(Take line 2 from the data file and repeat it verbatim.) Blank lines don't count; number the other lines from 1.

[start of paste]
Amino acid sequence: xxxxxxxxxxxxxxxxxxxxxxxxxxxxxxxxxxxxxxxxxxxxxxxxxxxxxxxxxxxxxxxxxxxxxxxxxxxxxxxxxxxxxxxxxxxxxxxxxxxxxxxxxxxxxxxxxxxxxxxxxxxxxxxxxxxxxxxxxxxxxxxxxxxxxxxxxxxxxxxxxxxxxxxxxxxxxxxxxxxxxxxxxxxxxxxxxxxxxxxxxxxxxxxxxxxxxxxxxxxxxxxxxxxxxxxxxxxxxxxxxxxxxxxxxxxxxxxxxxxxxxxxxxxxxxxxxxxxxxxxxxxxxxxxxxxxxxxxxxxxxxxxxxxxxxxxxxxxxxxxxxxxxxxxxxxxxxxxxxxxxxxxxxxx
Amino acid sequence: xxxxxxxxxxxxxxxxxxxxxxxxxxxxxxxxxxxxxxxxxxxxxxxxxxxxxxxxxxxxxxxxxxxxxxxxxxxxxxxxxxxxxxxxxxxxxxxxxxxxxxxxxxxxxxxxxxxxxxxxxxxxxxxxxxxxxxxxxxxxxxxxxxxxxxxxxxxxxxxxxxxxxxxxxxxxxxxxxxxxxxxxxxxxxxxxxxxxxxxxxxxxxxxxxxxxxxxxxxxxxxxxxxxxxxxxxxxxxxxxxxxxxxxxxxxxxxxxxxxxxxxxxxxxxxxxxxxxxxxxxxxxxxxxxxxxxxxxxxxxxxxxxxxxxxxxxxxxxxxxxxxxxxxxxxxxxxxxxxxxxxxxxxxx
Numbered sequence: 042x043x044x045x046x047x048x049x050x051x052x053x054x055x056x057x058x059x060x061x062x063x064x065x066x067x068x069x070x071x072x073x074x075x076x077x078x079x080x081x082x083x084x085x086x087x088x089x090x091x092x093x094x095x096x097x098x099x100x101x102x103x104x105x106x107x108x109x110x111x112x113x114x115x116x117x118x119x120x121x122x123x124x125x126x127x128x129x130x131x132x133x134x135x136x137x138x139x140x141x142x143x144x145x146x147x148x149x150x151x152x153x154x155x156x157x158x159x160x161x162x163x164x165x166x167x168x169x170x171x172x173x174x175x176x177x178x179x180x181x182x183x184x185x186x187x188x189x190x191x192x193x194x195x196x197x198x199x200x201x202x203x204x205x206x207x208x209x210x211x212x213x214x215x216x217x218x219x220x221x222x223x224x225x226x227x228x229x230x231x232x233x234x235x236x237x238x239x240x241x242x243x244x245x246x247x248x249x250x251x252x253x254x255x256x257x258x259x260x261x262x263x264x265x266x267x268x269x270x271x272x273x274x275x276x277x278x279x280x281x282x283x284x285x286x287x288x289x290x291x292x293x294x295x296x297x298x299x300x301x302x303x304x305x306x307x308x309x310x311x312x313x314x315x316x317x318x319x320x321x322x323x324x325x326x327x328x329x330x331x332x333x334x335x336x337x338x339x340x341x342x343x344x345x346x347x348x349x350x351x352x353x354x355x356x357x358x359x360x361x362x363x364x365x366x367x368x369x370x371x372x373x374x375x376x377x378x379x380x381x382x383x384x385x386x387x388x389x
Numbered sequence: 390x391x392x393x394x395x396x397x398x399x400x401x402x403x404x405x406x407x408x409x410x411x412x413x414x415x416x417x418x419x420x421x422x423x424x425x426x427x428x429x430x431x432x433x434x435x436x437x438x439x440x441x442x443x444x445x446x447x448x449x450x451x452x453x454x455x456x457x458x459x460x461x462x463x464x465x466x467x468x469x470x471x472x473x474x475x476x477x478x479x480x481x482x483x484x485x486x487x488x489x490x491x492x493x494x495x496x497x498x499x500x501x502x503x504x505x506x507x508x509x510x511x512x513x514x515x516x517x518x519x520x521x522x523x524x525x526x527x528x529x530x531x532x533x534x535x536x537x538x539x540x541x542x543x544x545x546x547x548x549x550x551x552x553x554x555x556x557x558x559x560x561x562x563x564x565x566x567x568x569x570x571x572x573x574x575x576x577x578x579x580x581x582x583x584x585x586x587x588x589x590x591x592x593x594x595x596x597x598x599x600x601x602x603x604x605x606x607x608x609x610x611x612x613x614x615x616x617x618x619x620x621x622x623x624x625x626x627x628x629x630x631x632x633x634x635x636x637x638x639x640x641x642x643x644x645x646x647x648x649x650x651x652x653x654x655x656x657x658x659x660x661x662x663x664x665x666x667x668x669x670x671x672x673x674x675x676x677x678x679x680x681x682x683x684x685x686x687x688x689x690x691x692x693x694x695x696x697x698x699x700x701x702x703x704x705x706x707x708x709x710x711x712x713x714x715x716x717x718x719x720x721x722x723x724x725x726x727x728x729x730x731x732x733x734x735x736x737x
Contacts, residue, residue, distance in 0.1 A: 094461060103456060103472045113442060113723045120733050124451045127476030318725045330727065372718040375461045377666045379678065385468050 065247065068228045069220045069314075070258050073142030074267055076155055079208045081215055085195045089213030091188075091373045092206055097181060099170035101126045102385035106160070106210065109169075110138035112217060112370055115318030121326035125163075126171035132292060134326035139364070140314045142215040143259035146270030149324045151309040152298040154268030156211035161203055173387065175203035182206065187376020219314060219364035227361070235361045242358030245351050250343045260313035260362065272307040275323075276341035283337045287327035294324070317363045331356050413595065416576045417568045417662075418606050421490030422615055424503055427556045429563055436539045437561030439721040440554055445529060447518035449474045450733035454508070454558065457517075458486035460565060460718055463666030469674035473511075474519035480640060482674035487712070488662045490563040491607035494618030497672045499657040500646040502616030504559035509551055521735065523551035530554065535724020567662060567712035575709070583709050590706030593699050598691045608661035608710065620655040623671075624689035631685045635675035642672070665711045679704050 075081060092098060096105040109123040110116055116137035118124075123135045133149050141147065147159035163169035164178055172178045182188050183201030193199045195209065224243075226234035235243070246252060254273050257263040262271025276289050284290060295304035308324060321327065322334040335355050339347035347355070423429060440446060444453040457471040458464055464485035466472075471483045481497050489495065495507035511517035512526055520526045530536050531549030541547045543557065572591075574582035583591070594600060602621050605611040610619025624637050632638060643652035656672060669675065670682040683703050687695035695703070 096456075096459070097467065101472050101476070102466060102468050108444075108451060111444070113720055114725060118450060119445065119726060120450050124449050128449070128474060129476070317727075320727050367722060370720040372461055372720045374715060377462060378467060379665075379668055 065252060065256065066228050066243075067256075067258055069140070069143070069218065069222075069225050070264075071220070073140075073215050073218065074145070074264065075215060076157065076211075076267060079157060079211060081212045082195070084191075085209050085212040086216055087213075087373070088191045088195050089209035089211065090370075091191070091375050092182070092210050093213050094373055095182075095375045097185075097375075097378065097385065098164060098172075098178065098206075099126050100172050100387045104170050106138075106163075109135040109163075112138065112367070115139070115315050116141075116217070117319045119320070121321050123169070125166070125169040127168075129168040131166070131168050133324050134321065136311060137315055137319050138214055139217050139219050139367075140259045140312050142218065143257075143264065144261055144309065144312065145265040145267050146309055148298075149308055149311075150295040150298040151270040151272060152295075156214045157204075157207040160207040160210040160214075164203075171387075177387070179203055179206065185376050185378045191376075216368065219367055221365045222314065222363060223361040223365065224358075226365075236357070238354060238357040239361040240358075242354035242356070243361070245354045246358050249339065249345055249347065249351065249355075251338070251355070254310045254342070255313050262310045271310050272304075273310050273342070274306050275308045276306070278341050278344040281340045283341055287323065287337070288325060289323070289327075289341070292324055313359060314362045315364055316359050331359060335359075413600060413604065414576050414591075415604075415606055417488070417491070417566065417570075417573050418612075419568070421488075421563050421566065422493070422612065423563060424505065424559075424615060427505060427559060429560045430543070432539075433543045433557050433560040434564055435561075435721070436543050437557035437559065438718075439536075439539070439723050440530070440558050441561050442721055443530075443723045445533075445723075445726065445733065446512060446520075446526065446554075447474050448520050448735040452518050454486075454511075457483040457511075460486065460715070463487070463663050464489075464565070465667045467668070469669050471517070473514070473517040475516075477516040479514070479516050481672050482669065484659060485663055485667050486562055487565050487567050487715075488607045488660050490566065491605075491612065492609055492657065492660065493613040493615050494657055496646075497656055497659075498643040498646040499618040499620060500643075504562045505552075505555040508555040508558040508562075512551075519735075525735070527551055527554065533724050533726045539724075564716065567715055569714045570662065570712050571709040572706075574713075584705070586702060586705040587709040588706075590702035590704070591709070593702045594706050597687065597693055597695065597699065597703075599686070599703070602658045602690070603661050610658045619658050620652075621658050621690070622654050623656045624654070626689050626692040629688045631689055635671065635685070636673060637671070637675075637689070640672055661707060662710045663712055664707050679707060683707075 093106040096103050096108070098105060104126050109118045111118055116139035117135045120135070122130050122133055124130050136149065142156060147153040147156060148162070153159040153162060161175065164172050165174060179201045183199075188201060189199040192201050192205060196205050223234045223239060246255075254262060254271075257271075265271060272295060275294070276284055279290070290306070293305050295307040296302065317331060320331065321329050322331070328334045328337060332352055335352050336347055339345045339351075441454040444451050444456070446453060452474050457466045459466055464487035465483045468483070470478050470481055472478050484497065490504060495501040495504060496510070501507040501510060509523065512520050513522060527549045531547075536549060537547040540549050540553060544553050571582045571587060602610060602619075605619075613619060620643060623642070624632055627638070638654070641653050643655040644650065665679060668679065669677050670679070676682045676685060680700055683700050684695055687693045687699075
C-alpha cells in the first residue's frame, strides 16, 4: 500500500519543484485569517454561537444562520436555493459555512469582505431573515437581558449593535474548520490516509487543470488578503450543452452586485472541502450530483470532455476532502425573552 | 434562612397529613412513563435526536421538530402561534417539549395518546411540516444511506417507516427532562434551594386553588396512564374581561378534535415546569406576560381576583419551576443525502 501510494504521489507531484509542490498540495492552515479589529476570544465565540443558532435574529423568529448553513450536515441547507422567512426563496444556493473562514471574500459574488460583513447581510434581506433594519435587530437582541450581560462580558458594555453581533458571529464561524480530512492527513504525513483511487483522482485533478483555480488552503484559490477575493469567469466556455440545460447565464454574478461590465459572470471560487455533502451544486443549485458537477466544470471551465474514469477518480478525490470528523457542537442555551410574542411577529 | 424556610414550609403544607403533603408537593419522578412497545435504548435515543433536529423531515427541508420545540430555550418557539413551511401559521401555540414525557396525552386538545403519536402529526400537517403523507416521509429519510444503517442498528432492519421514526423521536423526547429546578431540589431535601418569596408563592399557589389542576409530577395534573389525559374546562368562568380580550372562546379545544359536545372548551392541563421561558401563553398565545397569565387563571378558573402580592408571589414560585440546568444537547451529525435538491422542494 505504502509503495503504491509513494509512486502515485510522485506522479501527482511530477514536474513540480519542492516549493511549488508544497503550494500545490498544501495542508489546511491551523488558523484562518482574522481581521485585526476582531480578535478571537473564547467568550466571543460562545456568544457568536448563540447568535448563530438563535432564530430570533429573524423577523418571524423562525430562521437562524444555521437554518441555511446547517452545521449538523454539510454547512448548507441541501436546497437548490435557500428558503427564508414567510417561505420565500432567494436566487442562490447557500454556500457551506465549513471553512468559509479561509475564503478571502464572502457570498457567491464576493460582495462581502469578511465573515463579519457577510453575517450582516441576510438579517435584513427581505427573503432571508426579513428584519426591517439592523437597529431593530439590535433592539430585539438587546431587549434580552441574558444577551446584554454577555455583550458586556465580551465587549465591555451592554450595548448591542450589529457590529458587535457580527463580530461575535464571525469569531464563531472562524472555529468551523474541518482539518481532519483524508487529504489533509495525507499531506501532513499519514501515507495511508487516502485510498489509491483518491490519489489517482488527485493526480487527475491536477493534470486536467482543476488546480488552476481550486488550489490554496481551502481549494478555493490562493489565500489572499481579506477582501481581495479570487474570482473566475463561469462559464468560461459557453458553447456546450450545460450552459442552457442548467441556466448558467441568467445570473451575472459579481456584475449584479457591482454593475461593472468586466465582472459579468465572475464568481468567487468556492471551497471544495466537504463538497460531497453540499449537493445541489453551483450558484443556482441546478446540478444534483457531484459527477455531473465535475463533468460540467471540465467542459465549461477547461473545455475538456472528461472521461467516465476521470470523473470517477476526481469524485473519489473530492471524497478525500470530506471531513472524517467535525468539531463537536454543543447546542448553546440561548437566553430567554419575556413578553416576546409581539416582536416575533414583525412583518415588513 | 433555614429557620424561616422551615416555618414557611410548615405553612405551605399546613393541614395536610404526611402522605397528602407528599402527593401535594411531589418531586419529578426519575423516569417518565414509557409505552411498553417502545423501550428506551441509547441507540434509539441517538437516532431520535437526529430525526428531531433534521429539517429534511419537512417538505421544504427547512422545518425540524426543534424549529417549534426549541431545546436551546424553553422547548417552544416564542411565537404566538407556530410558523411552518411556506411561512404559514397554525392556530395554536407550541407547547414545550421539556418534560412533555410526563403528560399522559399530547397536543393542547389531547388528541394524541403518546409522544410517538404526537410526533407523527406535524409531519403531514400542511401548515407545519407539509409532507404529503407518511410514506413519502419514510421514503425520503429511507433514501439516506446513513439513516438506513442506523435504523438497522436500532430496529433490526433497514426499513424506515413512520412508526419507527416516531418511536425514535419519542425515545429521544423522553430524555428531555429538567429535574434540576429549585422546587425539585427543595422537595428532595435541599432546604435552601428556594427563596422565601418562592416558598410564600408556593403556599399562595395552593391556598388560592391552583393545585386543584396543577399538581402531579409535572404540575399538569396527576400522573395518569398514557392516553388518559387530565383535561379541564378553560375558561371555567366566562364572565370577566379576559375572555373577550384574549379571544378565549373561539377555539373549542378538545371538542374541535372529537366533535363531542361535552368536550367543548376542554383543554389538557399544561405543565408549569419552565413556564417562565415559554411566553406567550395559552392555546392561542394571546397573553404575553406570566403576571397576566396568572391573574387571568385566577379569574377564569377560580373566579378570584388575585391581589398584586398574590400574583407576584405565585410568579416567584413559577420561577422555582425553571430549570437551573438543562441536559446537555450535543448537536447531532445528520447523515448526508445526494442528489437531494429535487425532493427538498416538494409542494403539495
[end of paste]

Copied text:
Amino acid sequence: xxxxxxxxxxxxxxxxxxxxxxxxxxxxxxxxxxxxxxxxxxxxxxxxxxxxxxxxxxxxxxxxxxxxxxxxxxxxxxxxxxxxxxxxxxxxxxxxxxxxxxxxxxxxxxxxxxxxxxxxxxxxxxxxxxxxxxxxxxxxxxxxxxxxxxxxxxxxxxxxxxxxxxxxxxxxxxxxxxxxxxxxxxxxxxxxxxxxxxxxxxxxxxxxxxxxxxxxxxxxxxxxxxxxxxxxxxxxxxxxxxxxxxxxxxxxxxxxxxxxxxxxxxxxxxxxxxxxxxxxxxxxxxxxxxxxxxxxxxxxxxxxxxxxxxxxxxxxxxxxxxxxxxxxxxxxxxxxxxxxxxxxxxxx